We recently sent out an e-mail to our mailing list customers informing them we will not be releasing a 2011 vintage from our vineyard, and instead are offering an older vintage (2005) from our library for the holidays. This is after 15 consecutive annual releases–here is the story behind our “missing vintage.”

We have often referred to the late ripening aspect of Dyer Vineyard as a positive attribute—longer hang time, slower ripening in the shorter and cooler days of October, avoiding the heat spikes that earlier in the season can lead to dehydration, high brix, and excessive alcohol.  Our site is northeast facing, and partially sheltered from the afternoon sun by the ridge of the Mayacamas range to the southwest. In 2011 an early October storm brought in four inches of rain, and subsequent humid weather caused botrytis to start in many clusters before the final stages of ripening could occur. We dropped fruit, picked clusters selectively and have never had more people on the sorting table. We picked the brains of some of our Oregon colleagues who routinely deal with botrytis-affected fruit—this is something Napa Valley Cabernet producers normally don’t have to deal with. In fact, this is the only time in 40 years we have seen botrytis in Cabernet. For those not familiar with botrytis, it is a grey mold that can affect many fruits, and most people have seen it growing on fruit held too long. It is considered a positive attribute in some white wines—referred to as the “noble rot” responsible for concentrating and sweetening desert wines such as Sauterne and Trockenbeerenauslese. But in red wines it makes the pigment very unstable, resulting in lighter colored wines.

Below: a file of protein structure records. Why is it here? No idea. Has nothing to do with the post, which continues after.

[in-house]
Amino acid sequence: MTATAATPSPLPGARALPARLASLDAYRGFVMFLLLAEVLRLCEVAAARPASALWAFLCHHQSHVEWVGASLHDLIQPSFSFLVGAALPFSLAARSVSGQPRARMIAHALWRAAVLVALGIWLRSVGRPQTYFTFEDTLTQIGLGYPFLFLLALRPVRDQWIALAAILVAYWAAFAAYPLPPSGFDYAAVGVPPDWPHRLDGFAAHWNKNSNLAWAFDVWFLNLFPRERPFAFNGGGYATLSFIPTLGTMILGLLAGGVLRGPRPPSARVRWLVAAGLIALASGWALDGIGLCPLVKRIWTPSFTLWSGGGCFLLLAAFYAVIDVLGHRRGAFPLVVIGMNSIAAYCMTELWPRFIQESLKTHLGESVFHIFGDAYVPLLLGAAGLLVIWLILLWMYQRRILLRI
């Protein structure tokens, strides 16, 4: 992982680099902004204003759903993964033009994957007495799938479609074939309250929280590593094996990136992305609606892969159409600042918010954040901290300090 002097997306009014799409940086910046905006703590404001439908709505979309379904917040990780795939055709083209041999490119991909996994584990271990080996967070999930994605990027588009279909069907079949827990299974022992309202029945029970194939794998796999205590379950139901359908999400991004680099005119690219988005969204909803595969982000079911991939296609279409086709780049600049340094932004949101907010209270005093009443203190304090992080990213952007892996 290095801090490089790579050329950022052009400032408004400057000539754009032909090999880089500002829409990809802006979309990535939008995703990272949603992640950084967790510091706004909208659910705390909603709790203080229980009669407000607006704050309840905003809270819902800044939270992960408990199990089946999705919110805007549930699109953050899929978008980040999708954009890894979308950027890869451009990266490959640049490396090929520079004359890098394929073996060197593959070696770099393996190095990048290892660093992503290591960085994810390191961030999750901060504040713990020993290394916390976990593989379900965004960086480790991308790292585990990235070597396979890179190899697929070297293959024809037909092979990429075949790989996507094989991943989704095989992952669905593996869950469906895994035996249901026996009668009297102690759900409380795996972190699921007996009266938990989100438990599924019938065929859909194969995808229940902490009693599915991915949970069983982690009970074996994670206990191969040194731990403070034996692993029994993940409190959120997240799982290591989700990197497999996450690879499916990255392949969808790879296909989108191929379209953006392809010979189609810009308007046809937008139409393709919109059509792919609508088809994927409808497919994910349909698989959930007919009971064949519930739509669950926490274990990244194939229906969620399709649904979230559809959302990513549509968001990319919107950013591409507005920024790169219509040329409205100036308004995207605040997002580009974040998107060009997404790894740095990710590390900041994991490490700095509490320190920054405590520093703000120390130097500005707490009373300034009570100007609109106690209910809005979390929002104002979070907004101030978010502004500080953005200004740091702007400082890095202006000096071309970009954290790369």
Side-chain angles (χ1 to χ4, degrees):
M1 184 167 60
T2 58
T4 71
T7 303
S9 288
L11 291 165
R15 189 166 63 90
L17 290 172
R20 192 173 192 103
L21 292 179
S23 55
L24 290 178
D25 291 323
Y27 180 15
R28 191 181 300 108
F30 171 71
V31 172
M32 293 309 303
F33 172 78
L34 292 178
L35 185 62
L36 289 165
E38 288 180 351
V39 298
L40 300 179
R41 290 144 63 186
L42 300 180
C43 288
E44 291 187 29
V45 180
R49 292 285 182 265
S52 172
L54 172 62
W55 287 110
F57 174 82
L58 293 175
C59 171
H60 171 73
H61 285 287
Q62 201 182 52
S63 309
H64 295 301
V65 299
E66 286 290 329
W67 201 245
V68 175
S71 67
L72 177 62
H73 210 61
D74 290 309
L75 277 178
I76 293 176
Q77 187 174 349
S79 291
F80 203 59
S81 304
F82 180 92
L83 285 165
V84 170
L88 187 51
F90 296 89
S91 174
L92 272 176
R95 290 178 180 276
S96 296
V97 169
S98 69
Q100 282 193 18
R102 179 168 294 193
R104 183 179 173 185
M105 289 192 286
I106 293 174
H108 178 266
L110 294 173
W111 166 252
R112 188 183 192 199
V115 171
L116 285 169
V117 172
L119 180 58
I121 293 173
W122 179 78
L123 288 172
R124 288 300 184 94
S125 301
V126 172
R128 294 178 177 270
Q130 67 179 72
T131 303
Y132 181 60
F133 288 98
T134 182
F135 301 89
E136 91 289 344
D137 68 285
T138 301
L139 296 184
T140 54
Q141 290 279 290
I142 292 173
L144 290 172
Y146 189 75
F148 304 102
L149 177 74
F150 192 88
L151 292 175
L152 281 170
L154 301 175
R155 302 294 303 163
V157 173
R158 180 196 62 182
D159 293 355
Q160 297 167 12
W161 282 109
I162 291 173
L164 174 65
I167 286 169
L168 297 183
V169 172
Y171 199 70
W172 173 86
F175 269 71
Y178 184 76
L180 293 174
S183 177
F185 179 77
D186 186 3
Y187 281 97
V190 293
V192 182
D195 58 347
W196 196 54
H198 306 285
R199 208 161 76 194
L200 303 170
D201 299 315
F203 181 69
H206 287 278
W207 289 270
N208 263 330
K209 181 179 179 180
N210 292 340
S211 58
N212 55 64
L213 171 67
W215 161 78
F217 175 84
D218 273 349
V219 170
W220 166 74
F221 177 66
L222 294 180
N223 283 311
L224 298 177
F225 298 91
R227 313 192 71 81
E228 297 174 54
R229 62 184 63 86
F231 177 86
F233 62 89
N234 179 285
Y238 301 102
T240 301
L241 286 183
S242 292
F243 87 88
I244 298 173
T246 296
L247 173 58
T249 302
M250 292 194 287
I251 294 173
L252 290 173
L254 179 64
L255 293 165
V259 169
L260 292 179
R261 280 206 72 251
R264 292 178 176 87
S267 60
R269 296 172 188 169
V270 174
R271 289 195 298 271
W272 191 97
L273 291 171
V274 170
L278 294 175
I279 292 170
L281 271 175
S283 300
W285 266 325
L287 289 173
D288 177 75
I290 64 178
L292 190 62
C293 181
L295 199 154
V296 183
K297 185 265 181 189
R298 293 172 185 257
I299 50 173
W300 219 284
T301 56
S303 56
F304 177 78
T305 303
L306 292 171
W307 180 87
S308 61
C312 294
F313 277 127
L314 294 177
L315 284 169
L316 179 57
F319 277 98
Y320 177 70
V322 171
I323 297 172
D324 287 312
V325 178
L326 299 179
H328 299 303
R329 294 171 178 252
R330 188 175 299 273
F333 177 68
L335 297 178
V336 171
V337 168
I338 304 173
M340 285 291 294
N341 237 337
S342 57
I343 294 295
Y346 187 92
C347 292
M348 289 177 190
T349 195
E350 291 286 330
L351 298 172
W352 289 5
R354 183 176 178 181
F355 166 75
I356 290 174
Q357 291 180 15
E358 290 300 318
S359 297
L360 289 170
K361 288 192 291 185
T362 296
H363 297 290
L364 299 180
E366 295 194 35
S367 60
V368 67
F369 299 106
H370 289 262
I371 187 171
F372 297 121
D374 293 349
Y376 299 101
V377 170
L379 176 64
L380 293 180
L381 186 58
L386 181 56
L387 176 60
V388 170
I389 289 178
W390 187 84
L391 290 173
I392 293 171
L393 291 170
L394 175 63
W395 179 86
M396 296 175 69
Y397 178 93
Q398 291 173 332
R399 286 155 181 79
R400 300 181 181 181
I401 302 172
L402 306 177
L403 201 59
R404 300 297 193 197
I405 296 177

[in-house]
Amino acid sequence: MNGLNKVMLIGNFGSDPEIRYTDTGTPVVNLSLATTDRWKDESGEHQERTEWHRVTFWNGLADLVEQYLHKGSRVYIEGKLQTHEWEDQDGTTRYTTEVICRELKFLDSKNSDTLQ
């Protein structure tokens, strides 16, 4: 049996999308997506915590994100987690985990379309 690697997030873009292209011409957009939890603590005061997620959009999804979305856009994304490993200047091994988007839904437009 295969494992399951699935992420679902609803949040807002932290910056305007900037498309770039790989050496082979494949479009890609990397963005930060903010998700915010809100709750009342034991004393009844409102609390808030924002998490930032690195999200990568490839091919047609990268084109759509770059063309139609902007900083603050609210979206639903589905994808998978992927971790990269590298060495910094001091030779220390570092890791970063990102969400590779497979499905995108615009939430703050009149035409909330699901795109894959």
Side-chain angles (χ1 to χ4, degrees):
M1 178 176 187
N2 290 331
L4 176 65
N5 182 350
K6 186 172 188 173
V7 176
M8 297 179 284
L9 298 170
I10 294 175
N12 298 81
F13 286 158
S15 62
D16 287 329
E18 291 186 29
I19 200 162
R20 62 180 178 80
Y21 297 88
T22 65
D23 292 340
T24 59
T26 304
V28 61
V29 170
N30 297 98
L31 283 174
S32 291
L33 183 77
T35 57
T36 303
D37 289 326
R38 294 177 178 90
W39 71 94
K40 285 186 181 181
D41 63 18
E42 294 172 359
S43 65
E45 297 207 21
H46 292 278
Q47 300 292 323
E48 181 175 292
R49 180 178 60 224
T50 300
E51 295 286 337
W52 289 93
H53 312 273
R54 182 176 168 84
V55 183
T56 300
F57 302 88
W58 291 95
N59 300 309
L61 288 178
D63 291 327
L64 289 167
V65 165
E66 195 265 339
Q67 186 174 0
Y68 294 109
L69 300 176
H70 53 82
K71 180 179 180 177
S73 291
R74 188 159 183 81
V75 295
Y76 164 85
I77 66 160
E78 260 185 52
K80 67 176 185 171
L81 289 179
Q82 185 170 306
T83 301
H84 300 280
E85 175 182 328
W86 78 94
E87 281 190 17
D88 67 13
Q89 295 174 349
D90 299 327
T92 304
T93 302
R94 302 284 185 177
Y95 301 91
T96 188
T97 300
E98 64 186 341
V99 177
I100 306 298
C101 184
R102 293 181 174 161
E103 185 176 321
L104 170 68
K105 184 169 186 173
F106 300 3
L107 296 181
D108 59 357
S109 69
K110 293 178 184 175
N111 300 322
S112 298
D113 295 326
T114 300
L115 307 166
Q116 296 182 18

We gave the wine plenty of time to develop, taking it through the normal two years of barrel aging. We found that it benefited from a higher percentage of new French oak, so we purchased some more new barrels. Being optimistic types, we felt it was showing better each time we tasted it. But the “drop dead” decision time was the point at which we had to order bottling supplies—bottles, corks, and foils. We had to admit at that point it was not up to our usual standards. We used a wine broker to sell the wine in bulk to another producer who was able to blend it with other wine.

It is important to us to point out that our decision not to bottle does not reflect on the decision by other wineries to bottle Cabernet from this vintage. The concept of terroir includes a focus on all aspects of a vineyard site—in this case the amount of rain, the subsequent fog, and the timing of these weather events versus the stage of ripening were very specific to our site. This is also a reminder of the inherent risk in single vineyard designated wines—it is truly “letting it all hang out.”